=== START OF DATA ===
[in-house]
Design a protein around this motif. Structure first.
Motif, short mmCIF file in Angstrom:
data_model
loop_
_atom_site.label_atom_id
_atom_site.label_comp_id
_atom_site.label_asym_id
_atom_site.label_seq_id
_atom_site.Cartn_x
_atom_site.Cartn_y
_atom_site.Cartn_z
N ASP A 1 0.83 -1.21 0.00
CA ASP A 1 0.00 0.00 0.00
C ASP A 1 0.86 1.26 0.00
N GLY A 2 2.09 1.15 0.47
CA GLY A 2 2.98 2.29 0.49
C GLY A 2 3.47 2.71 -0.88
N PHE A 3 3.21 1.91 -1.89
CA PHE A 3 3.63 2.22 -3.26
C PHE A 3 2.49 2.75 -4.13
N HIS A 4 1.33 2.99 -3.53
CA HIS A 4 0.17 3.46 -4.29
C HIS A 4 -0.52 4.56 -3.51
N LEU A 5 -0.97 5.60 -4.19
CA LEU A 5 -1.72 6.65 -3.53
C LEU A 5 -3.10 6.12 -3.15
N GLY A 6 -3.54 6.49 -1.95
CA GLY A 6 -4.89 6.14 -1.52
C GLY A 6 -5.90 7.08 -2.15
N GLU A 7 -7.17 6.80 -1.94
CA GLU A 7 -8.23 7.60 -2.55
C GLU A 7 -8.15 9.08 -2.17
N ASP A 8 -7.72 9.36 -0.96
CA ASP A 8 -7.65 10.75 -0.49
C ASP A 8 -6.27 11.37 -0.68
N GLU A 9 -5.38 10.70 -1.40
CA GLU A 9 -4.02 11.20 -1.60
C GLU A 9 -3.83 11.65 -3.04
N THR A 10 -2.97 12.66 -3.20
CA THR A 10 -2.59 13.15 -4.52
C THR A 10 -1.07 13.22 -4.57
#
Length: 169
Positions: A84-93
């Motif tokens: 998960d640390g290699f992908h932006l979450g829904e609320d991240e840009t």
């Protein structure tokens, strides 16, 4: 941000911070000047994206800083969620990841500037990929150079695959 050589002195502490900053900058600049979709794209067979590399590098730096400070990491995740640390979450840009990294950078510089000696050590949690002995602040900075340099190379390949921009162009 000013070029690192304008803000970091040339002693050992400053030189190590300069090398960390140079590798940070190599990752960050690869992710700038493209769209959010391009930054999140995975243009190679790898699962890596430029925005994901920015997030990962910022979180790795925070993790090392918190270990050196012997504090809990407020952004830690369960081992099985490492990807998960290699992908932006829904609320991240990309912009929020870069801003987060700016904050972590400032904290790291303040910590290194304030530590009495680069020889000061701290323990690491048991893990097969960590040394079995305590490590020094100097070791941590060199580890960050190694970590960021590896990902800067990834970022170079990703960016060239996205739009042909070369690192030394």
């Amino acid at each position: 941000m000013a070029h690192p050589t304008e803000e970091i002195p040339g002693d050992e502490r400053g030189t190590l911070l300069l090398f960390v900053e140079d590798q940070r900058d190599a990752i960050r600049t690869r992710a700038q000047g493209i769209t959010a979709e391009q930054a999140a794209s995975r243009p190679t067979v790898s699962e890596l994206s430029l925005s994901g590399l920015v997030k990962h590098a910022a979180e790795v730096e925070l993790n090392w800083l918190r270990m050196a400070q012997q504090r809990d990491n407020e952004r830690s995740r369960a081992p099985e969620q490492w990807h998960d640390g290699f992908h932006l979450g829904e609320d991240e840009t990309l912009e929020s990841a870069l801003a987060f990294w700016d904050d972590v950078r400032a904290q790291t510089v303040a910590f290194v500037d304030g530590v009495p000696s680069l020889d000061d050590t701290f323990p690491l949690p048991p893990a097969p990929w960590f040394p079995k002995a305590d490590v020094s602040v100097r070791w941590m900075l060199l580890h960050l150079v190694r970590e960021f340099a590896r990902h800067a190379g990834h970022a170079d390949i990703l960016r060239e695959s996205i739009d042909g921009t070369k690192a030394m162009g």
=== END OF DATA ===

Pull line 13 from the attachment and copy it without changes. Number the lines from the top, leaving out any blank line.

N ASP A 1 0.83 -1.21 0.00